Idaho’s top elected officials agreed today to pay out nearly $900,000 from the state’s Constitutional Defense Fund, plus interest, to the winning parties in three lawsuits for their attorney’s fees and costs – the same-sex marriage case, the case that overturned an unconstitutional anti-abortion law, and the Occupy Boise case, in which the state sought to restrict camping and demonstrations around the state Capitol.
That largely depletes the Constitutional Defense Fund, which had a balance of $1.23 million, so Gov. Butch Otter said he’ll ask lawmakers in January to deposit more tax money into the fund to bring it back up into the million-dollar range. Senate President Pro-Tem Brent Hill, R-Rexburg, said, “I think that would be appropriate, governor.”
As the state Board of Examiners and the state Constitutional Defense Fund Council held back-to-back meetings in Attorney General Lawrence Wasden’s office this morning to approve the payments, Otter commented acidly, “We get sued by so many people we can’t keep track.”
Asked why the state is losing so many big lawsuits – and having to spend so much taxpayer money on the winning sides’ legal costs – Otter said, “You’re going to have to ask the lawyers why we’re losing. But I can tell you that in every case, we were either defending statutes or our Constitution. That’s why it was appropriate. That’s why we established, back in 1995, the Constitutional Defense Fund, because we were getting sued by these folks and having to go back to the Legislature almost every year in order to generate the ability to pay these court-ordered funds.” He noted that the fund was created by then-Gov. Phil Batt.
In all three of these cases, the court has ordered the state to pay these amounts. The state just lost another major constitutional case last week in U.S. District Court, when the court ruled a 2014 Idaho law making it a crime to surreptitiously videotape agricultural operations violated the First Amendment and the Equal Protection Clause of the U.S. Constitution. Asked if that case, too, is likely to result in a big bill for the state to pay the winning side’s legal fees, Wasden said, “Certainly it is a possibility.” But that case is “still in process,” he said. The state hasn’t decided whether or not it will appeal. “We’re discussing that,” he said.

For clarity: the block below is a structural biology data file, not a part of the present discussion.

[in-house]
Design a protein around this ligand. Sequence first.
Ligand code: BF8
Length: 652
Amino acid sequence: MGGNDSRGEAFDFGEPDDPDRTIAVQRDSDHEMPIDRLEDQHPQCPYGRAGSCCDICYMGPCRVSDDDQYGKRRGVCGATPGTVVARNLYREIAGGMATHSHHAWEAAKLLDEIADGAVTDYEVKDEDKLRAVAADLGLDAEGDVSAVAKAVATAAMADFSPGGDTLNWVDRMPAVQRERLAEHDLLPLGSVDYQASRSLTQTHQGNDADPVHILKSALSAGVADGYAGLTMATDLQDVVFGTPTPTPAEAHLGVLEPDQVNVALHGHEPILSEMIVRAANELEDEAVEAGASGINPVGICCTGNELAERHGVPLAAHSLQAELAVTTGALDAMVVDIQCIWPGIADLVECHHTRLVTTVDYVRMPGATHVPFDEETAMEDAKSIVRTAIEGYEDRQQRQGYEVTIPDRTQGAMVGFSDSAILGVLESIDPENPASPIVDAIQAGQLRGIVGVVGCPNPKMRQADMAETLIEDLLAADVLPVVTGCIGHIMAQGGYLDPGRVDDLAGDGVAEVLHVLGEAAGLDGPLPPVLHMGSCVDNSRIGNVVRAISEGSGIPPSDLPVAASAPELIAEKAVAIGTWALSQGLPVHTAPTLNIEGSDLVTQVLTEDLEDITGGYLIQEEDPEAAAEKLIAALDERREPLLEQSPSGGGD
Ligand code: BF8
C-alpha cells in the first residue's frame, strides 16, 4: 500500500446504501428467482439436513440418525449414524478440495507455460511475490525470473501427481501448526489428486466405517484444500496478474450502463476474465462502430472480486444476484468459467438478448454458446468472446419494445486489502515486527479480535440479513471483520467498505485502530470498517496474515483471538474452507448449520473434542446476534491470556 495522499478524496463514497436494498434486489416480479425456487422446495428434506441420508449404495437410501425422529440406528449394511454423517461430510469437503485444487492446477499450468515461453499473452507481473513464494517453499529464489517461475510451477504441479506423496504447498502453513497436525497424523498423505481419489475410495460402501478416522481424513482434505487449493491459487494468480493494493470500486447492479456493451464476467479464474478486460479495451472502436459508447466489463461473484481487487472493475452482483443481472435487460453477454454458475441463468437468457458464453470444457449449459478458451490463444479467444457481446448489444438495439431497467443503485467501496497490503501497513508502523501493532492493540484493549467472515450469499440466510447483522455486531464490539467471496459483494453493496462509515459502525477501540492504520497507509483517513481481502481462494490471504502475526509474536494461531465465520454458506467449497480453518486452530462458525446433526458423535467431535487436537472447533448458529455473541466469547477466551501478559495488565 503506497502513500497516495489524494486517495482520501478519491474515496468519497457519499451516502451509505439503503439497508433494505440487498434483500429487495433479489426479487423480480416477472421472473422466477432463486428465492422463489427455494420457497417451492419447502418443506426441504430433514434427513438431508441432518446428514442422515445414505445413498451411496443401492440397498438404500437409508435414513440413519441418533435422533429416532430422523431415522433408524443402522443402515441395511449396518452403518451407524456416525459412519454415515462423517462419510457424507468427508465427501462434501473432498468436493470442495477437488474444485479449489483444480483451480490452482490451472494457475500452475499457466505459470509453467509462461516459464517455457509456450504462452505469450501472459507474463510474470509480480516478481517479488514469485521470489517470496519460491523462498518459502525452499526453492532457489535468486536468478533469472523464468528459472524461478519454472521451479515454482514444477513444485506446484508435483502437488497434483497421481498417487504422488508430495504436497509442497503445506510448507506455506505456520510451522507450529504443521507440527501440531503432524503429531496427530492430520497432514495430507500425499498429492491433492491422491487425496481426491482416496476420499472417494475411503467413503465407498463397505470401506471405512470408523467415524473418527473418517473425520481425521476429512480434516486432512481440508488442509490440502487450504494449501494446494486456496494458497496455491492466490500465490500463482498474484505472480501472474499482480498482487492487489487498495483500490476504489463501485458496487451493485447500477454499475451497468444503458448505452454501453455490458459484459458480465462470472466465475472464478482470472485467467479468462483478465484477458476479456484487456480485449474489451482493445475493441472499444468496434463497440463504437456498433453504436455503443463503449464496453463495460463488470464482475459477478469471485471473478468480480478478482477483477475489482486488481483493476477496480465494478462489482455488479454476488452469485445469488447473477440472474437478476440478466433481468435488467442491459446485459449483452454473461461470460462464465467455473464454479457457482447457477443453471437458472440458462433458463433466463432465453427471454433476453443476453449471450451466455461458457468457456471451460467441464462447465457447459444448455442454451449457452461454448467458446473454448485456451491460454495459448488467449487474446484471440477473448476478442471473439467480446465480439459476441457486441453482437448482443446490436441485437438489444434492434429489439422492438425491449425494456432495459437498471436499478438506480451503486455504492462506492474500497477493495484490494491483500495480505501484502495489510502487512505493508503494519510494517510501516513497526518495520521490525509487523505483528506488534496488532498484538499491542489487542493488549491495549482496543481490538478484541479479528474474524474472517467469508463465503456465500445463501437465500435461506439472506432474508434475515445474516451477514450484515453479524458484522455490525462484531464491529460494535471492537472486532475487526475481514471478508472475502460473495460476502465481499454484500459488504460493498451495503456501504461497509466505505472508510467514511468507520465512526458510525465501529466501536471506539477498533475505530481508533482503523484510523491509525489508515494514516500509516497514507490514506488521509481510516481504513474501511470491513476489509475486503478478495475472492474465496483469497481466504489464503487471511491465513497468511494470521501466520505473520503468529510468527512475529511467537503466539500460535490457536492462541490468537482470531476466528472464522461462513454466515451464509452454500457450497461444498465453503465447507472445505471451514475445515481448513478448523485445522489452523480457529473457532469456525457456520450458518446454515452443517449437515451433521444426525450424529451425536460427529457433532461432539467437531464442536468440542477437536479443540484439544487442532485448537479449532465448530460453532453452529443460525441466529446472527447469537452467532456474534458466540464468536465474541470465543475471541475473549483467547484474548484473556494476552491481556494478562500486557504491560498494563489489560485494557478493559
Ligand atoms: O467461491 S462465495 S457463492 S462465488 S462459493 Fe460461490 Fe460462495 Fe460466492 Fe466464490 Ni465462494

“There were a number of high-profile cases that we haven’t come out on the right end, there are others that we have,” Wasden said. He said his job is to provide legal advice to the Legislature when it asks him, but the Legislature decides what laws to enact. “Once they make their choice, then my job is to defend it, and that is what we’re doing,” he said.
In the same-sex marriage case, Latta v. Otter, four Idaho couples sued and successfully overturned Idaho’s ban on gay marriage, which was both in the state Constitution and state laws. The latest court order is for $226,891 plus interest for attorney fees and costs on appeal; the state already paid the couples’ attorneys $401,663 for the U.S. District Court portion of the case. Idaho unsuccessfully appealed the case both to the 9th Circuit U.S. Court of Appeals and to the U.S. Supreme Court.
In the abortion case, McCormack v. Herzog, a woman from Bannock County was prosecuted for illegally self-inducing an abortion with drugs purchased over the Internet, in violation of several Idaho laws. She sued; the case, handled by the Idaho Attorney General’s office, went to the 9th Circuit twice, but the woman prevailed and several Idaho anti-abortion laws were overturned, including the “Pain-Capable Unborn Child Act” that lawmakers passed in 2011, which sought to ban all abortions after 20 weeks on grounds of fetal pain. The state was ordered to pay more than $500,000 in Jennie Linn McCormack’s attorney fees and costs.
In the Occupy Boise case, Watters v. Otter, a protest group that was evicted from a tent encampment across from the state Capitol challenged new state laws and rules restricting camping and protests that were enacted in 2012 in response to the Occupy Boise protests. While some of the rules were upheld and others determined to be unconstitutional, the court held that the no-camping statute had been unconstitutionally applied to the protest group. The state and the ACLU, which represented the protest group, disagreed over the attorney fee award, but settled, with the state agreeing to pay $137,364 plus interest.